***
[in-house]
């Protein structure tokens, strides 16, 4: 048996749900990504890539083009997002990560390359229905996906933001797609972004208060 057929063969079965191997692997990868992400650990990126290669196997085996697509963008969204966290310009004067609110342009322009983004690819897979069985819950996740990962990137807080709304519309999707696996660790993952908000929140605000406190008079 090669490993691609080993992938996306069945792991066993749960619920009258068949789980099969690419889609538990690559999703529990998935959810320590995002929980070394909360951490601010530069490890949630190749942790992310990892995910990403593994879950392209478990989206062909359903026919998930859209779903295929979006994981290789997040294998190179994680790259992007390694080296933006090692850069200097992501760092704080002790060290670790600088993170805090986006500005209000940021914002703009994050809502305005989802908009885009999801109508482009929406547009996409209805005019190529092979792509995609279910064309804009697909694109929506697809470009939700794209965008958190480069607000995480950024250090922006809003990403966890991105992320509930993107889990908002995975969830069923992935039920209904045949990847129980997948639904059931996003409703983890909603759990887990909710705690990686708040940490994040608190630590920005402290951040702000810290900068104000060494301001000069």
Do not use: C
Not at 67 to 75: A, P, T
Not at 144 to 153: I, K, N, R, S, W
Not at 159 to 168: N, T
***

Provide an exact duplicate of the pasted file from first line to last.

[in-house]
């Protein structure tokens, strides 16, 4: 048996749900990504890539083009997002990560390359229905996906933001797609972004208060 057929063969079965191997692997990868992400650990990126290669196997085996697509963008969204966290310009004067609110342009322009983004690819897979069985819950996740990962990137807080709304519309999707696996660790993952908000929140605000406190008079 090669490993691609080993992938996306069945792991066993749960619920009258068949789980099969690419889609538990690559999703529990998935959810320590995002929980070394909360951490601010530069490890949630190749942790992310990892995910990403593994879950392209478990989206062909359903026919998930859209779903295929979006994981290789997040294998190179994680790259992007390694080296933006090692850069200097992501760092704080002790060290670790600088993170805090986006500005209000940021914002703009994050809502305005989802908009885009999801109508482009929406547009996409209805005019190529092979792509995609279910064309804009697909694109929506697809470009939700794209965008958190480069607000995480950024250090922006809003990403966890991105992320509930993107889990908002995975969830069923992935039920209904045949990847129980997948639904059931996003409703983890909603759990887990909710705690990686708040940490994040608190630590920005402290951040702000810290900068104000060494301001000069």
Do not use: C
Not at 67 to 75: A, P, T
Not at 144 to 153: I, K, N, R, S, W
Not at 159 to 168: N, T